When the final buzzer sounded, Duke had gotten the job done. Tre Jones scored the final six points for the Blue Devils, finishing with 15 on the night to go along with six boards, six assists and three steals in a 68-66 win in the opening game of the 2019 Champions Classic.

But it was far from a vintage Duke performance.

The Blue Devils shot 35.9 percent from the floor. They were 8-for-24 from three and 14-for-23 from the line. They turned the ball over on 20 percent of their possessions — 16 times in total. For a team that is just a year removed from the Zion and R.J. show, for a program that has become synonymous with the one-and-done era and NBA-ready talent, those are not the kind of performances that we’ve come to expect.

Especially when they result in wins over top five teams.

But that’s who this Duke team is going to be.

They are going to have to win ugly. They are going to win with their defense. This is what happens when the best player on your roster is Tre Jones. It’s what happens when you build a roster around a freshmen class that doesn’t have one of those elite freshmen.

“Zion and R.J., those freshmen weren’t freshmen,” Duke associate head coach Jon Scheyer said. “Wendell [Carter] and Marvin [Bagley III], they weren’t freshmen. Our freshmen are freshmen.”

The point that Scheyer is so eloquently making is that Duke doesn’t have a lottery level talent on their roster. “Even if one of these dudes ends up getting picked 14th, the point remains true,” one NBA front office member told NBC Sports, and if Tuesday night was any indication, that should work just fine.

It’s because of Jones.

“The difference maker for us was Tre,” Mike Krzyzewski said. “We have a lot of young guys and a lot of new guys but we’ve really tried to play good defense in our first 30 practices and it paid off tonight. We played really good defense and it starts off with that kid and the poise he had.”

This Duke team has embraced his identity. What Jones lacks in an NBA-ready jumper he makes up for with toughness, both mentally and on the defensive end of the floor. What he lacks in physical tools he makes up for in heart and intangibles. He’s one of those guys that you call a winner, one of those players that that others gravitate towards. The result is a roster that has fully embraced what he personifies.

“We are a hard, tough team,” Duke’s standout freshman Cassius Stanley said after the game. “It’s going to be ugly, coach said that, but it’s going to look good at the end. [Tonight] proved it to me.”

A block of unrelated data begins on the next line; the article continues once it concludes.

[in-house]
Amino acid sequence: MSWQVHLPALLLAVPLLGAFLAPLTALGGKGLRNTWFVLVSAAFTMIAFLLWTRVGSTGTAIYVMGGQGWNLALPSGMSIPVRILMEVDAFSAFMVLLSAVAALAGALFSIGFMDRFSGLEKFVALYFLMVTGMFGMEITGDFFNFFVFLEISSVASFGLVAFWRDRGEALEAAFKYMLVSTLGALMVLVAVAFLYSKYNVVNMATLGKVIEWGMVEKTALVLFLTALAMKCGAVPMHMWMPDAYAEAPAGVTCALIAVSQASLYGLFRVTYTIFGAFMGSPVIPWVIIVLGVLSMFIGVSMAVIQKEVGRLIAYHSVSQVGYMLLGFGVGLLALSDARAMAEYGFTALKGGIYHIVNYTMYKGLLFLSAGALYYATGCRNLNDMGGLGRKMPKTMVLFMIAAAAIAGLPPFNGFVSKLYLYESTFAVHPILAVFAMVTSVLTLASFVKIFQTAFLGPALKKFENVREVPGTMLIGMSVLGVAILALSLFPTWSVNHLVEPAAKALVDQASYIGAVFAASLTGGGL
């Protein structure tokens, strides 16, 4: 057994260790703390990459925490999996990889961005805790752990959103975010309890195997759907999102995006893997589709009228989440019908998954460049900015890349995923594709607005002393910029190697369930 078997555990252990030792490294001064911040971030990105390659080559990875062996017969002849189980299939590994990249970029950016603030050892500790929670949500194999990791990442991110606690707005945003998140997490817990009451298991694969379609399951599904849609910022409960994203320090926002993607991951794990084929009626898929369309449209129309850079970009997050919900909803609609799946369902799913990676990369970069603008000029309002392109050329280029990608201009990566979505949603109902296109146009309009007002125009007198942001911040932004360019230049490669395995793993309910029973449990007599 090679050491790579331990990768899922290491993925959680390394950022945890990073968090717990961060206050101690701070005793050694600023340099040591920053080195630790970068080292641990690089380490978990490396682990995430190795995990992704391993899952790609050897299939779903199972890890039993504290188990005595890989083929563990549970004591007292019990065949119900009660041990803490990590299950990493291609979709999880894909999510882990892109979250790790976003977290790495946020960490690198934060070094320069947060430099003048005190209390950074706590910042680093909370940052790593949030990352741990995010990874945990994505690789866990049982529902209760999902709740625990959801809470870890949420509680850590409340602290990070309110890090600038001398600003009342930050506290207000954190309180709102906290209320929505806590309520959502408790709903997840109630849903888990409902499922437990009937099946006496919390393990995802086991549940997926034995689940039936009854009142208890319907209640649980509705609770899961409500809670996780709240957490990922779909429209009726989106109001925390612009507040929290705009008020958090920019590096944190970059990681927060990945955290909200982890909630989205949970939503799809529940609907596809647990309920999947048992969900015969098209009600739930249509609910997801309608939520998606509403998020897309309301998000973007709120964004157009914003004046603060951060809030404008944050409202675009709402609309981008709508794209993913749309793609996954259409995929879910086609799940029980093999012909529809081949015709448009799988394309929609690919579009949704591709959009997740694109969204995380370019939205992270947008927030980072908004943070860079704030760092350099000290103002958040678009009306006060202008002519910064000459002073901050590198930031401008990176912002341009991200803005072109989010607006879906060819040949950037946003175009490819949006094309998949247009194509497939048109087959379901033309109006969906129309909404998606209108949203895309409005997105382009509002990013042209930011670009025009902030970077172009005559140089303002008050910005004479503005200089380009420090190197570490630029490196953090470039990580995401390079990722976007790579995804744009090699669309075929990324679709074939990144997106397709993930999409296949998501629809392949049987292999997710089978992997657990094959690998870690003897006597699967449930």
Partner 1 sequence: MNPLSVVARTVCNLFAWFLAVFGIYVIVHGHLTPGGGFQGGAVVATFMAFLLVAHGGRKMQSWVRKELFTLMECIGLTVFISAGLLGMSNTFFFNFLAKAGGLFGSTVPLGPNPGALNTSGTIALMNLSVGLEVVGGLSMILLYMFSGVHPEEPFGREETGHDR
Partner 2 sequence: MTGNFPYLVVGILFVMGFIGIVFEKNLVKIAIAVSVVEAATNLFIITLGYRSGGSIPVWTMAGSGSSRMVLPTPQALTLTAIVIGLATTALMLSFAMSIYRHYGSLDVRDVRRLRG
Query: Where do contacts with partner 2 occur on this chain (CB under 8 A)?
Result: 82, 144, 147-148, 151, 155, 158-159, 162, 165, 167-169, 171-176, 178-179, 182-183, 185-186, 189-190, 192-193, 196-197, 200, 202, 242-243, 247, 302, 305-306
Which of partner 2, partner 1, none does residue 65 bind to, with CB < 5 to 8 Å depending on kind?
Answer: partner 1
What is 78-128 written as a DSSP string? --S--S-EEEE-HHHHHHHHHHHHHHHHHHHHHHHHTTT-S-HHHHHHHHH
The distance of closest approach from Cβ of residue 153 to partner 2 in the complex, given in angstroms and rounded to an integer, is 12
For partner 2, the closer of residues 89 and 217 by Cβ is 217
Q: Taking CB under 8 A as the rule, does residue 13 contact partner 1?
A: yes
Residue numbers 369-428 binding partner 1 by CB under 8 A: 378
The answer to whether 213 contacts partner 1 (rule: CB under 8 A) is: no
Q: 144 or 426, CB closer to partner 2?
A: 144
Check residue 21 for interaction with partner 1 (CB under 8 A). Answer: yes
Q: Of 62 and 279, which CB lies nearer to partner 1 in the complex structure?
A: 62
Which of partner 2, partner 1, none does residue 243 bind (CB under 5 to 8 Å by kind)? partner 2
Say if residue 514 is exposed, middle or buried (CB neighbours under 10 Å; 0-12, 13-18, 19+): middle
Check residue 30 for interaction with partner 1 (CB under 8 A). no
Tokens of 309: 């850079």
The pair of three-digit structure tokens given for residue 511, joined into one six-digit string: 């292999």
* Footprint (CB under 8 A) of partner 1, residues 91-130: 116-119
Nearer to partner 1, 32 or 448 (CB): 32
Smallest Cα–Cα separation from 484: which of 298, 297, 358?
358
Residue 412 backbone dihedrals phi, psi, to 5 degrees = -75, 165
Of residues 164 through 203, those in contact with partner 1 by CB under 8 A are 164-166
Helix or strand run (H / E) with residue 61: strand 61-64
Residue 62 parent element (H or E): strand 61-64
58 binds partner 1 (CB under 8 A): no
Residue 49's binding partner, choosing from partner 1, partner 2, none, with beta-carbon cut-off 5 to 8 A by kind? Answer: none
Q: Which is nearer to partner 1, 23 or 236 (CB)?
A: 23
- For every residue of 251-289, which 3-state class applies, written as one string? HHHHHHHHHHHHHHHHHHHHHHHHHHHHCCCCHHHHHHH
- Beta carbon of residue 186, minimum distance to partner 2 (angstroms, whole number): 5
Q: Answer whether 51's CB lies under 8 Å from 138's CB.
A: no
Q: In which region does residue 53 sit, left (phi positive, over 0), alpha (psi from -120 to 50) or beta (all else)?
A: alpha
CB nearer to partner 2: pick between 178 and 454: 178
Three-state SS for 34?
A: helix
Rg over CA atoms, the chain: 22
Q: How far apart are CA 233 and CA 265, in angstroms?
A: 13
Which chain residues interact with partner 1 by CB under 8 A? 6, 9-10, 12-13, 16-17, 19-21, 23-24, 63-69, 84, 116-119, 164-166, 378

Stanley is a fitting player to point out here. He was the least-heralded member of Duke’s 2019 recruiting class, but an argument could be made that he had the biggest impact on Tuesday night. Stanley scored 11 of his 13 points in the second half, including a pair of thunderous dunks that killed the momentum Kansas had built early in the half. He wasn’t expected to start. He didn’t really start come on strong in practice until recently. But here he was, on the biggest stage college basketball has to offer this side of the postseason, dunking his way into going viral.

“Cassius would verbally come to me [during the game] saying different things, telling me to lead, telling me he’s following whatever I do,” Jones said.

Stanley wasn’t alone.

Matthew Hurt and Vernon Carey Jr. both had moments, finishing with 11 points apiece. Carey his a huge three when Duke was down by nine points early in the second half and Hurt hit a bigger three late in the period. Kansas was up 55-51 at the time, and after Jack White had intercepted a pass Ochai Agbaji made when it looked like the Jayhawks were going to get a layup on a 2-on-1 break, Hurt buried the three at the other end. He capped off a five-point swing.

But we knew they were capable of those things.

What I did not know they were capable of was this: Holding All-American center Udoka Azubuike to just eight points and nine boards on 3-for-4 shooting, an admirable job on one of the most dominant players in the sport. As a team, Duke forced Kansas into 27 turnovers, an astonishingly high number for a team that returns as much experience in their backcourt as anyone at the top of the polls. Every Kansas starter had at least three turnovers. Devon Dotson and Ochai Agbaji had five turnovers apiece. At one point late in the first half, Kansas had 18 turnovers and 17 field goals attempted.

This is how Duke is going to have to win this season.

This is what happens when the best player on the roster, the guy that sets the tone for everything they do during a game, is Jones.

“As a freshman last year, I was looking at older guys, trying to see what it really was like. Knowing that they’re going through the same thing, I know I always have to have a strong face. Doing the right thing so they know what to do.”